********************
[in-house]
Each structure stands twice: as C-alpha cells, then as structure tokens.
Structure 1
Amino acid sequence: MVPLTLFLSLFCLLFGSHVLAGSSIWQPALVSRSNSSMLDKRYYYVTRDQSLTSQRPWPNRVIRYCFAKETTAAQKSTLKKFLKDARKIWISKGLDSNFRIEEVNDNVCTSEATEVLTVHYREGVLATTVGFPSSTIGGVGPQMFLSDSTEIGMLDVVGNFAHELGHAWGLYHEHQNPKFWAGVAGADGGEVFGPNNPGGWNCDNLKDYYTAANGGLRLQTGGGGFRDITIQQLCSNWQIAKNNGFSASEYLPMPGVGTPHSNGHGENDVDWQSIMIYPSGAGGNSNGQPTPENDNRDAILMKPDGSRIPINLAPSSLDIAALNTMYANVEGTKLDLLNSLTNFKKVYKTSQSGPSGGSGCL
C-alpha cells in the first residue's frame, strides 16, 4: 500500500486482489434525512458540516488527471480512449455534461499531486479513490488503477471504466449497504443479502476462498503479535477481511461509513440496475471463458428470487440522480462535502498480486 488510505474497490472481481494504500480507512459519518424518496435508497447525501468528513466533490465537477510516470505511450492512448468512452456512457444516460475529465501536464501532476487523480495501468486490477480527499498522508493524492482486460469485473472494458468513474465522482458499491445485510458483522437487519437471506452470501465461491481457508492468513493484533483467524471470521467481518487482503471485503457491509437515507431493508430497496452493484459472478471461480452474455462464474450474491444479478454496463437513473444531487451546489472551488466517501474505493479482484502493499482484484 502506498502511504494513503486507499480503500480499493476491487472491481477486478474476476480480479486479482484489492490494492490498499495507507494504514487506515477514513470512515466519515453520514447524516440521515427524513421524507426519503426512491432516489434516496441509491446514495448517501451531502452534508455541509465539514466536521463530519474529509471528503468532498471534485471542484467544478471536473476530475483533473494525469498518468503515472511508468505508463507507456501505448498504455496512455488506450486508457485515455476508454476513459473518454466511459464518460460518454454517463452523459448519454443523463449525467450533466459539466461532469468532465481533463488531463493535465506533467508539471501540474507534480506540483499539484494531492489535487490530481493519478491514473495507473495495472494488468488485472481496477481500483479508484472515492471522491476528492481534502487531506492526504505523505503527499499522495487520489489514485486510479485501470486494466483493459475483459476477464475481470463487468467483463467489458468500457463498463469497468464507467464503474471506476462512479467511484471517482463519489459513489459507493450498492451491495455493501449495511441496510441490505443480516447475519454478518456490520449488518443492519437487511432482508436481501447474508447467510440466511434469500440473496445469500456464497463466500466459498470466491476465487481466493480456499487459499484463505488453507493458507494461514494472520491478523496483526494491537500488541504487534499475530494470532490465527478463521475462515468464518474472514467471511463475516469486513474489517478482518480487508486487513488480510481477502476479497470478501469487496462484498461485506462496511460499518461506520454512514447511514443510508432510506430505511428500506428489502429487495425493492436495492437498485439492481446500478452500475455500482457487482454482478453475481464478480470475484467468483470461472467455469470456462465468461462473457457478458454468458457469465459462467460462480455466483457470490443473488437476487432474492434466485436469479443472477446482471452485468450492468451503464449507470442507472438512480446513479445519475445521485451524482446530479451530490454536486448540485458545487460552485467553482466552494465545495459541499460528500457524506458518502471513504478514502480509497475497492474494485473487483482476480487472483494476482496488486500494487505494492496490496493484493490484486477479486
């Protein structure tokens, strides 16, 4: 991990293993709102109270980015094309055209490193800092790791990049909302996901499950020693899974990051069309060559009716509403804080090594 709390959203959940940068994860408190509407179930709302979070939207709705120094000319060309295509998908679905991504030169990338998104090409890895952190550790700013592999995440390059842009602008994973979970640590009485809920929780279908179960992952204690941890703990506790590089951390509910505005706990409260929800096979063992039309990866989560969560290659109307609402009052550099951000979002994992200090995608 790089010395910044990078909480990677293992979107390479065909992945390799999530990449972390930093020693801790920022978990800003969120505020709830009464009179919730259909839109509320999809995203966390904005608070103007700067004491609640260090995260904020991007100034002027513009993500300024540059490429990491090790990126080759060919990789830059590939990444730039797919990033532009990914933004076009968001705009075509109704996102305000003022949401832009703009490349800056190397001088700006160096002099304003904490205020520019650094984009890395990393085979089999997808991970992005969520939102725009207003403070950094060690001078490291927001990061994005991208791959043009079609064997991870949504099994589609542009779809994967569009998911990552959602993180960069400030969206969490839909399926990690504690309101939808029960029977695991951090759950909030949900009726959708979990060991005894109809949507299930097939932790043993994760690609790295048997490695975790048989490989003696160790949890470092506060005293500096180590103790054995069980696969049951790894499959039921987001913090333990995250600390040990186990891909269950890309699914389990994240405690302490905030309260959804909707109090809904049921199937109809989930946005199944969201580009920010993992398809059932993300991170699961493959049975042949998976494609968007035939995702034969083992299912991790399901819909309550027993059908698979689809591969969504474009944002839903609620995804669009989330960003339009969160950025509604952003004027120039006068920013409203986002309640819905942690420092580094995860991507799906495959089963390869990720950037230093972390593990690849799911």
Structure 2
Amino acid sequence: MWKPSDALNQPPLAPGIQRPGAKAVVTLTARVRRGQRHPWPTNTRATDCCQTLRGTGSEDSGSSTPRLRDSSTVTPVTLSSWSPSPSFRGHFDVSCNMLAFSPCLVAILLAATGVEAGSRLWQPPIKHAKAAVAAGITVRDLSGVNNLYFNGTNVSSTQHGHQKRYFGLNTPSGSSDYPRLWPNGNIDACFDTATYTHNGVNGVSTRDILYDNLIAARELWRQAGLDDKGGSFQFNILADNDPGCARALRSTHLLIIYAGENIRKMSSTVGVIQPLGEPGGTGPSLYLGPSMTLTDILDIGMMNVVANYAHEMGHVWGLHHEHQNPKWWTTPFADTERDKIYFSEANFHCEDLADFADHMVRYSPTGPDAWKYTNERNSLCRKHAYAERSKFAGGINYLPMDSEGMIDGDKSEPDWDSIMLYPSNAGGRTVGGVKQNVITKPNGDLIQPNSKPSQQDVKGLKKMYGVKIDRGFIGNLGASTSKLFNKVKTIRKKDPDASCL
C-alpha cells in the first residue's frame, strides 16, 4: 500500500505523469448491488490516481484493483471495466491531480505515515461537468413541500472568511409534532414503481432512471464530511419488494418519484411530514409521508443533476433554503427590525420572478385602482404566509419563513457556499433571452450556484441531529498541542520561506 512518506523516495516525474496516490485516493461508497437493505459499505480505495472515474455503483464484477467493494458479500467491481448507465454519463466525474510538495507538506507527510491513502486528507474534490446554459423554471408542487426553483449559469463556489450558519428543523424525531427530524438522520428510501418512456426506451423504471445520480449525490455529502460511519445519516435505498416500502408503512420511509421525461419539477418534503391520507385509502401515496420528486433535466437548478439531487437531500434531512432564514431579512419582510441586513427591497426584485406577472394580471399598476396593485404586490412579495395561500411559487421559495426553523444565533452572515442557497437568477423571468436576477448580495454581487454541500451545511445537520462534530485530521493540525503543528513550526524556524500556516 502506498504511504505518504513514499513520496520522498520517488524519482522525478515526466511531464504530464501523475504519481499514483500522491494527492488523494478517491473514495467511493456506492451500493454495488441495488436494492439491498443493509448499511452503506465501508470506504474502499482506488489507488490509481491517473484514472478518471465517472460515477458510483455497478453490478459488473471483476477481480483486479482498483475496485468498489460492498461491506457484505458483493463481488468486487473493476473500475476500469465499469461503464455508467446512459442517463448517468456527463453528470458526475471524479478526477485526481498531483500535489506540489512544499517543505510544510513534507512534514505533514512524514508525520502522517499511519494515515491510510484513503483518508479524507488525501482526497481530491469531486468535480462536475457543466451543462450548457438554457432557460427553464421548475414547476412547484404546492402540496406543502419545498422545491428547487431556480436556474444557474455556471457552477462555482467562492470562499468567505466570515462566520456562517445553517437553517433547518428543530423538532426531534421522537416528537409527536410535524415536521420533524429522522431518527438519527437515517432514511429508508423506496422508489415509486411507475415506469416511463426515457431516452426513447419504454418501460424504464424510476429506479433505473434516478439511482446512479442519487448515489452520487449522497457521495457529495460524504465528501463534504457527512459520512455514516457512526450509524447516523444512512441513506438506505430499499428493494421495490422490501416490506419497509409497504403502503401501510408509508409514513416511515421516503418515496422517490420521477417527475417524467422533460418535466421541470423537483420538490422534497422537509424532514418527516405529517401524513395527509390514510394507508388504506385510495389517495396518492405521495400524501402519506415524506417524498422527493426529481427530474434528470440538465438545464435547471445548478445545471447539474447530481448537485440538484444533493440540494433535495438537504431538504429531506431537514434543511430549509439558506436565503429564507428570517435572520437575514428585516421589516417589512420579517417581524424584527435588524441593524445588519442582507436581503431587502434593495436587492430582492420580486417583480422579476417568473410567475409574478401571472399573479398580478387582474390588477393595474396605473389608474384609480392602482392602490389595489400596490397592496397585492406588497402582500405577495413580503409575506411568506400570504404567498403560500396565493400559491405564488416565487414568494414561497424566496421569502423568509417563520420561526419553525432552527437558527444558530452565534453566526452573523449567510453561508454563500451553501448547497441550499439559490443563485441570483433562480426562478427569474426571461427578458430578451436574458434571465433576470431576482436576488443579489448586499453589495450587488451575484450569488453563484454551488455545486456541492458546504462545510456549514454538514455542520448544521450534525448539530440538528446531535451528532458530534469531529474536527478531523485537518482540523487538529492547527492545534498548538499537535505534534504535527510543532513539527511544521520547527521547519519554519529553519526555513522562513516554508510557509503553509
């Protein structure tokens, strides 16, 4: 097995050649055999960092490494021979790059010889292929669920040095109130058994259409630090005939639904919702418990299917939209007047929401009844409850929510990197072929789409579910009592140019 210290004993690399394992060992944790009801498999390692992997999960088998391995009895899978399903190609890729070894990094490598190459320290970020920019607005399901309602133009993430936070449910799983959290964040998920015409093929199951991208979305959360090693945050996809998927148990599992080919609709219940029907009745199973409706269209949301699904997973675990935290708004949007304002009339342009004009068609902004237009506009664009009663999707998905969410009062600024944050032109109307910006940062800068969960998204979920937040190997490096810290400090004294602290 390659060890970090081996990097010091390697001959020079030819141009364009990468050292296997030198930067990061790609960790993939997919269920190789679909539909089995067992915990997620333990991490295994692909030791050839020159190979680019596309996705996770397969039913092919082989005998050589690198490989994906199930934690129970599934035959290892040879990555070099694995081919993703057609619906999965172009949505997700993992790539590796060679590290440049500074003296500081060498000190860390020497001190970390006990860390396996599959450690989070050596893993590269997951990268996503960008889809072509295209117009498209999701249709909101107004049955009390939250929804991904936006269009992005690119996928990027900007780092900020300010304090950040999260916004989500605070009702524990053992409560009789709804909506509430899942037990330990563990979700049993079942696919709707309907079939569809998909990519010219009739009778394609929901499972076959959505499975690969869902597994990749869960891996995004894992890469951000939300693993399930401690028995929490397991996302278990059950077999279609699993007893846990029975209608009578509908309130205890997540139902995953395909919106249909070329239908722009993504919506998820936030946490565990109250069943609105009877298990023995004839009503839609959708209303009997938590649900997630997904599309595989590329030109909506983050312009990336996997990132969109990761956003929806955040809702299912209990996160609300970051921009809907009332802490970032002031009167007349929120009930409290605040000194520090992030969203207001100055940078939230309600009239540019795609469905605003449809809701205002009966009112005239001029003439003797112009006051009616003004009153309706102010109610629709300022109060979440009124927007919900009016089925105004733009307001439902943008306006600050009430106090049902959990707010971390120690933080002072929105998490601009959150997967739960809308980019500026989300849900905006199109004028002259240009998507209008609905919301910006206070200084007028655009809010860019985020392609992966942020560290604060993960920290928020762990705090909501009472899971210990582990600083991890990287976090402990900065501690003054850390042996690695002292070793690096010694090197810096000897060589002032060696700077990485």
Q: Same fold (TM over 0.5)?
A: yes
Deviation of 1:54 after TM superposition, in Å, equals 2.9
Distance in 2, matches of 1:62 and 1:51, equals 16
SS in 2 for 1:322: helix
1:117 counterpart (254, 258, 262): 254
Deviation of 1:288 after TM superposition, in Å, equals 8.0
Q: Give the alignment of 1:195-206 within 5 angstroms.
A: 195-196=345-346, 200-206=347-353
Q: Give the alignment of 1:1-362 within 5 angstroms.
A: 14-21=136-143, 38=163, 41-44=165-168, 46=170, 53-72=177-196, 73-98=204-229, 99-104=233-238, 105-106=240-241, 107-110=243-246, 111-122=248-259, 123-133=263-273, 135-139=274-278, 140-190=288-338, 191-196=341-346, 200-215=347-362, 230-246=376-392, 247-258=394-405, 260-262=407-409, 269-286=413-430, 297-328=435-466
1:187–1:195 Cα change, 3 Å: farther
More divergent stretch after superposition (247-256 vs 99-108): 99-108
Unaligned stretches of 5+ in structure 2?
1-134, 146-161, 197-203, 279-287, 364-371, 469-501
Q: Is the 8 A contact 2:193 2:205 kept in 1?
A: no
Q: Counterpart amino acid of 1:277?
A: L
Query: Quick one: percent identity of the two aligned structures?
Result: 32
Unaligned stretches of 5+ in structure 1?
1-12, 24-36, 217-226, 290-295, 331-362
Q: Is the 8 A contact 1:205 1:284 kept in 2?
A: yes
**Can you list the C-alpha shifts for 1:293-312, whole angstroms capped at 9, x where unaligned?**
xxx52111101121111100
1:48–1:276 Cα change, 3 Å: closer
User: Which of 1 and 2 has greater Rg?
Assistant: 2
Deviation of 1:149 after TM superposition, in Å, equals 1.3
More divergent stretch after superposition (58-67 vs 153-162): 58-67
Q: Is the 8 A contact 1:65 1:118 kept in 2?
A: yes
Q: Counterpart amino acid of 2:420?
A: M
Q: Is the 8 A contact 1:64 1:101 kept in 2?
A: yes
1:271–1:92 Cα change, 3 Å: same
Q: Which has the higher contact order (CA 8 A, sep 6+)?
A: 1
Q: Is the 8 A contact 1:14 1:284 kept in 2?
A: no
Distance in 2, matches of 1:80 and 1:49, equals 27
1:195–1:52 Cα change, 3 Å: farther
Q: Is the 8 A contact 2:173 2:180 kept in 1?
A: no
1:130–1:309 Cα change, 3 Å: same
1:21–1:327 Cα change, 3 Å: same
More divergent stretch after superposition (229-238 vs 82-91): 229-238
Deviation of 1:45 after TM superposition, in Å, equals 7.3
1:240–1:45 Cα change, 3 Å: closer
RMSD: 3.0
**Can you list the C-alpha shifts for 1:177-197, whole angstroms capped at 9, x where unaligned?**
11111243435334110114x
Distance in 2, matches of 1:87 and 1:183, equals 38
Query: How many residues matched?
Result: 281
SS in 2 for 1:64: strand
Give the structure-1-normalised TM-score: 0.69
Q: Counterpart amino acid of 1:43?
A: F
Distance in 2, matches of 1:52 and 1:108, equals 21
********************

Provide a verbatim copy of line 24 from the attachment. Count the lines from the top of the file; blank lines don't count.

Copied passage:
Unaligned stretches of 5+ in structure 2?